While writing blogs, newsletters, social posts and other content, keeping a consistent style across all platforms and writers is a must-do. Making sure that readers understand what you’ve written, as well as familiarizing them with the voice and tone coming from your company is important for brand awareness and content marketing strategies. A style guide keeps you and/or your entire team on point, especially on nitty gritty details such as how you describe your products or speak with customers.
In the world of journalism, print or online, copy editors use stylebooks as a sort of bible to provide consistency for readers. Most publications choose a standard manual and add internal style preferences to the mix. Two of the best-known guides are the Associated Press Stylebook and the Chicago Manual of Style. They cover stylistic choices, such as how to handle particularly tricky pieces of grammar. They also have a dictionary of sorts where a writer can look up a particular term and see how to use it consistently. For instance, the word ‘e-book’ can also be written ‘ebook’ or ‘eBook’ depending on which style guide is used.
Tracy Gold, a writer, editor and content strategist, works with clients on creating online publications from scratch, including developing the style of those publications. She says the greatest value in style guides is the efficiency they add to the publishing process.
“Creating a style guide makes it much easier to bring a new writer or editor on board. Instead of sitting down and explaining everything in the style guide — and likely forgetting half of it — you can just send them the document. That seriously cuts down on editing time later,” Gold says.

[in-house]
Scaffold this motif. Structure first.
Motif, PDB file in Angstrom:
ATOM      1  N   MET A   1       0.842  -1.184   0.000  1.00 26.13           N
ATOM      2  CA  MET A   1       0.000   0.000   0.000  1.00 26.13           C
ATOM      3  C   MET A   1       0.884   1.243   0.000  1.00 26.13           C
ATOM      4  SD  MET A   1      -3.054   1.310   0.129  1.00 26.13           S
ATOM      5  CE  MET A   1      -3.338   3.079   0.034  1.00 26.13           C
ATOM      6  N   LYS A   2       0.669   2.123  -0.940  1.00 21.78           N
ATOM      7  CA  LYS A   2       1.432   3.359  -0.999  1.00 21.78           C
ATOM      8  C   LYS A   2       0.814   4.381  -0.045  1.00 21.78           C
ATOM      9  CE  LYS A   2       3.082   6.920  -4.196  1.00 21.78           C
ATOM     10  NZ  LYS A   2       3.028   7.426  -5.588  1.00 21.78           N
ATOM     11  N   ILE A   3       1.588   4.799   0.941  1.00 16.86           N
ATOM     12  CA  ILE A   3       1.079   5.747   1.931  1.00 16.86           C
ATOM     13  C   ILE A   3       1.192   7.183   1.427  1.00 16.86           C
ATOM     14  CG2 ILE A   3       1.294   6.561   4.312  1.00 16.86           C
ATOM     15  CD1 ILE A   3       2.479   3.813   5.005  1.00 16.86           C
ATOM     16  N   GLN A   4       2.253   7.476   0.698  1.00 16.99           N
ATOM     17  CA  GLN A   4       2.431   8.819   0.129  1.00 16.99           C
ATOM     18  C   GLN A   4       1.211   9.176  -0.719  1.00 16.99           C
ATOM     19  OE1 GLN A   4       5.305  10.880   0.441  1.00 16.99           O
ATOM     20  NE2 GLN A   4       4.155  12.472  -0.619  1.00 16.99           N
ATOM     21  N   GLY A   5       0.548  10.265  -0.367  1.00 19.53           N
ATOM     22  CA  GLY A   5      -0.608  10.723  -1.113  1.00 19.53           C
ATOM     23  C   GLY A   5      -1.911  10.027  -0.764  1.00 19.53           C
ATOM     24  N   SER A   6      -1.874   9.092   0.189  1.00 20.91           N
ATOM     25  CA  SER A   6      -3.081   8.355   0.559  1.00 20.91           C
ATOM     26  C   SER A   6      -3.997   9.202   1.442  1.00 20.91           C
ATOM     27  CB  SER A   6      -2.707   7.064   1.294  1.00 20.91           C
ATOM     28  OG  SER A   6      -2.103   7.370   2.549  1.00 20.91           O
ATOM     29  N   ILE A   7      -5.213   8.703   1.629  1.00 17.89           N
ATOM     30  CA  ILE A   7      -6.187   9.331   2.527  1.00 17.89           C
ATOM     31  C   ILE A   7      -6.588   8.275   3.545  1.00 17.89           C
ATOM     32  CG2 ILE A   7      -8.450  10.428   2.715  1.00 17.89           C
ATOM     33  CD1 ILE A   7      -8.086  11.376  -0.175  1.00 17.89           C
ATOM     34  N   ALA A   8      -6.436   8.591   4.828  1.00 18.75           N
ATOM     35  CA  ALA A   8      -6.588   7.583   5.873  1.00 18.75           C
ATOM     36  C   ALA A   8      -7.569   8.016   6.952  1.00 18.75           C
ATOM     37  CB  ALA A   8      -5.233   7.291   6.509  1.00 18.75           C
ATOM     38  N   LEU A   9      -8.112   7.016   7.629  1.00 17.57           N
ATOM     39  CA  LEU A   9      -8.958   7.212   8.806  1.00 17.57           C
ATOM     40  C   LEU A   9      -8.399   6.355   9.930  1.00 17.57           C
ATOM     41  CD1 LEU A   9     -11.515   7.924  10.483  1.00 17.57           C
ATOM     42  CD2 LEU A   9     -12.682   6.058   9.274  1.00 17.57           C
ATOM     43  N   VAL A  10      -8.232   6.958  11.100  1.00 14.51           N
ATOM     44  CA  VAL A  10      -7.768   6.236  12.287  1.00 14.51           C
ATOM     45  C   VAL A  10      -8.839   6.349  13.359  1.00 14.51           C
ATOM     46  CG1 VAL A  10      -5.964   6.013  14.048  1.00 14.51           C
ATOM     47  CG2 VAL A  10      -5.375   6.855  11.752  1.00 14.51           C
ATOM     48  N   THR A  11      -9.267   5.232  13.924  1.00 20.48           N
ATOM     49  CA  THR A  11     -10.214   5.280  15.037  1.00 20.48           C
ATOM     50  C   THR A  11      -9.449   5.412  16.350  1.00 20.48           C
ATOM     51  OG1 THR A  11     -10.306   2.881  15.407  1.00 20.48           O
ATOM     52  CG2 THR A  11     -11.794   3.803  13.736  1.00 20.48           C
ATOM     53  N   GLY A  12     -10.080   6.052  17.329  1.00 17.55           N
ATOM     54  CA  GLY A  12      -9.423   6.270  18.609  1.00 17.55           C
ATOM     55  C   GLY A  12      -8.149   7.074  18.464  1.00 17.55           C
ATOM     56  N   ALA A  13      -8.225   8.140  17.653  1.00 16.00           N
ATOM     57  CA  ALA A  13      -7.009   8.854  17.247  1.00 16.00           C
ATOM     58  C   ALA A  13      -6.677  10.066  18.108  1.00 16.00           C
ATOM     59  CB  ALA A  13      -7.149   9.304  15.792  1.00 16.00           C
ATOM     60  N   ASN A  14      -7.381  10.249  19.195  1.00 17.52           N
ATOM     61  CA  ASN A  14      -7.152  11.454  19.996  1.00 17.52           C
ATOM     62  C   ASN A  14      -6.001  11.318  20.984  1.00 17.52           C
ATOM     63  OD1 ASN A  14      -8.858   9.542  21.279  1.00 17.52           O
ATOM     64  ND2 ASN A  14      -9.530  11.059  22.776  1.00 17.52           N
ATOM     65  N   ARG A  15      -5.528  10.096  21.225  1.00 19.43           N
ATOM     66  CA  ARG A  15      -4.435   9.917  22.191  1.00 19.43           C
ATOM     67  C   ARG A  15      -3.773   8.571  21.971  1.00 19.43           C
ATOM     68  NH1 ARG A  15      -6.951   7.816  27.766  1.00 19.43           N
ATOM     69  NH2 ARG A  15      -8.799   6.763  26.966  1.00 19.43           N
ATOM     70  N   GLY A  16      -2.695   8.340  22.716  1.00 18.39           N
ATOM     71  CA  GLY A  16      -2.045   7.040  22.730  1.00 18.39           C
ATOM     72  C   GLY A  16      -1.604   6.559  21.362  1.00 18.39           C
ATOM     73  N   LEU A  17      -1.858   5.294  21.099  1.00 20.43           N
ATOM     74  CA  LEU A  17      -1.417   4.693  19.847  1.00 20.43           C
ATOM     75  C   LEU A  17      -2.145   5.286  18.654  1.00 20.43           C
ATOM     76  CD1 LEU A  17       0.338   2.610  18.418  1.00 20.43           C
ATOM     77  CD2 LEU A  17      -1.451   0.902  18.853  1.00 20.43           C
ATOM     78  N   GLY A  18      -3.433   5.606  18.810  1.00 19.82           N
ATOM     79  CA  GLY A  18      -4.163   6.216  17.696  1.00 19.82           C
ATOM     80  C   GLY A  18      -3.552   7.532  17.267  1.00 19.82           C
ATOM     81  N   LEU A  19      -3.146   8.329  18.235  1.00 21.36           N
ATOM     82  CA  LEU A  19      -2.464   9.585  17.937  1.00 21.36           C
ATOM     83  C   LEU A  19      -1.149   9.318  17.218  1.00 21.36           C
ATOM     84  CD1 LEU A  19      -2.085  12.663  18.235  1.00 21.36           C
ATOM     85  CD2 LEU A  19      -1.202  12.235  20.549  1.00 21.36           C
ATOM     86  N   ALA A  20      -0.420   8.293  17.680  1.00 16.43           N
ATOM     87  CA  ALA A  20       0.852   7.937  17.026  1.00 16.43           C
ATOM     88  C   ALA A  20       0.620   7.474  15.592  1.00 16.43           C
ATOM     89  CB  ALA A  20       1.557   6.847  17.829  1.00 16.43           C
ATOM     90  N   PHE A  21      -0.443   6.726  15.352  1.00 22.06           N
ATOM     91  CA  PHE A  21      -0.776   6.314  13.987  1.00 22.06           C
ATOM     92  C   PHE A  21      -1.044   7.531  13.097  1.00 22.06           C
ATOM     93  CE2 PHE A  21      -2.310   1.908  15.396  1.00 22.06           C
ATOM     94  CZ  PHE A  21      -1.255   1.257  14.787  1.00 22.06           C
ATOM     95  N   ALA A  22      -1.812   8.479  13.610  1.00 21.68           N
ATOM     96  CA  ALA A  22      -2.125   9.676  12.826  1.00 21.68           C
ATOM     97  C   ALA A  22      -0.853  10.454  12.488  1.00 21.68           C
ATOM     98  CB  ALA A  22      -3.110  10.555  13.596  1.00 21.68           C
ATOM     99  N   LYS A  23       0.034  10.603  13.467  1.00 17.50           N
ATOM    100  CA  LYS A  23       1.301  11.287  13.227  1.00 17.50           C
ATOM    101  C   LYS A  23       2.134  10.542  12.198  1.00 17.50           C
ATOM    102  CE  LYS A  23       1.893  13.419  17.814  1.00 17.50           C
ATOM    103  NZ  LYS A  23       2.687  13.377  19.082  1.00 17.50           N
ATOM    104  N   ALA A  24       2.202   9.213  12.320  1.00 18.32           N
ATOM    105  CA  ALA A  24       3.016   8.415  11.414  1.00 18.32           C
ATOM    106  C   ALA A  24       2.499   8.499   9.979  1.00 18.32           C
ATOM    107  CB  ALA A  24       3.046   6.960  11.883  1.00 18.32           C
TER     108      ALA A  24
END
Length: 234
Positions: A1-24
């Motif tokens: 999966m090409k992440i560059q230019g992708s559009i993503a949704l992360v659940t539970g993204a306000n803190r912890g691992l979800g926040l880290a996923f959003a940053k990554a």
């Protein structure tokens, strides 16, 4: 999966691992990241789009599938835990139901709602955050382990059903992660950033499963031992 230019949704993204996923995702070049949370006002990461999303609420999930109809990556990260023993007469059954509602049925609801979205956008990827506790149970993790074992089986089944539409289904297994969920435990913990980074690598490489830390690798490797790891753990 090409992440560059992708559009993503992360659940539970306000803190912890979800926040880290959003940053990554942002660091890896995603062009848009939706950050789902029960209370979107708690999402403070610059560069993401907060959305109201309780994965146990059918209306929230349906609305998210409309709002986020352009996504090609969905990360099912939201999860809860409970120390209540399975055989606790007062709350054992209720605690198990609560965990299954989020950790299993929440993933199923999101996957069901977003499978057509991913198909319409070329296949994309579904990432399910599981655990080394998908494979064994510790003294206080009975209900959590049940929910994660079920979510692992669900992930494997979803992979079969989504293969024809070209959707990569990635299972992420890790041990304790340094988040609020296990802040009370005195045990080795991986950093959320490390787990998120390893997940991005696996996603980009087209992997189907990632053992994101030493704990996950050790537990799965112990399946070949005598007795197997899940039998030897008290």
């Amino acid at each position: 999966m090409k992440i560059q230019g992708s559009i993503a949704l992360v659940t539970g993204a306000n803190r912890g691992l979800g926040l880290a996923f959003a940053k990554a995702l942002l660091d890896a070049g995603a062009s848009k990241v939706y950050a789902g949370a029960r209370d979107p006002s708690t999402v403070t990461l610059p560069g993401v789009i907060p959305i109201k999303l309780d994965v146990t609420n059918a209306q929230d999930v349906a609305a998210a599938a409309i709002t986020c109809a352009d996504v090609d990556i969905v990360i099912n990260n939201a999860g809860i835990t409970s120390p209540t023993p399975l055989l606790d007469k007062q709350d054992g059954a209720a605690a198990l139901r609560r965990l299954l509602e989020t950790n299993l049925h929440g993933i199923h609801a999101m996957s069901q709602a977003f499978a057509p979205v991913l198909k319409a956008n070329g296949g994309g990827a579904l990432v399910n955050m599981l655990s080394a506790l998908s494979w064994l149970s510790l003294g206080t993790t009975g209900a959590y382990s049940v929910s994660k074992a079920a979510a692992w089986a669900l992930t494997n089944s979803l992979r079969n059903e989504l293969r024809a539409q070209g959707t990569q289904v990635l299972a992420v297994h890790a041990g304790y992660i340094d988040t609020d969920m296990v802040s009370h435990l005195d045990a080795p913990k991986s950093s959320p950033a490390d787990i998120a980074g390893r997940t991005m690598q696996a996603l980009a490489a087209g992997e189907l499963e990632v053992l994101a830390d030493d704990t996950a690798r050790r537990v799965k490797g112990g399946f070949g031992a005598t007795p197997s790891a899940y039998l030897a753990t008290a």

Choosing the base for your style guide is a necessary first step, unless you’re willing to recreate the work of another guide from scratch. Gold relies first and foremost on the AP Stylebook for stylistic decisions. She says, “I use AP and refer to (its) online stylebook whenever I’m in doubt. My subscription is worth every penny.” Most style guides are available both in print and as digital subscriptions. A print copy of the AP Stylebook is less than $15 on Amazon, while a digital subscription runs $26 per year. The Chicago Manual of Style is more of an investment, costing around $40 in print and $35 for a digital subscription. Specialized industry style guides tend to go up from there.
Using the AP Stylebook as a bedrock, Gold then creates a detailed internal style guide for each client.
“I start with a brief overview of branding and tone. What’s the voice we’re going for? Then it drills down to details, such as whether we’re calling customers ‘clients,’ ‘customers,’ or ‘partners.’ I treat the style guide as a living document and fill it in as I learn more about the client. You can’t always think of every pet peeve or preference in an initial interview. For example, if I discover that the client prefers the word ‘offer’ to ‘deal’ while going back and forth on a blog post, I’ll add that to the style guide.”
It’s crucial that a style guide be easily accessible to anyone working on a given project — both as a reference guide and to streamline updates. Gold notes, “I either keep the style guide as a Google document, or as a Word document in a shared Dropbox folder, depending on the client’s preference. That way everyone has access to the most recent version. Normally, I’m the enforcer of the style guide, because I edit everything before it goes live. It’s great to have the style guide to point to when I’m asking a writer to make a change.”
Once a guide is in place, you will need to find someone to act as what Gold describes as the ‘enforcer.’ While most writers will stick to the assigned style guide, there will be occasional slip-ups and typos. Luckily, having a style guide in place can quicken the editing process and minimize an editor’s or enforcer’s need to go back and forth with a writer.
What style guide do you use? Have you created one for your company? Tell us about it.
This post was contributed by guest author Thursday Bram. Bram has written for CNET, GigaOm, Lifehack and a variety of other sites. She can be found at thursdaybram.com.
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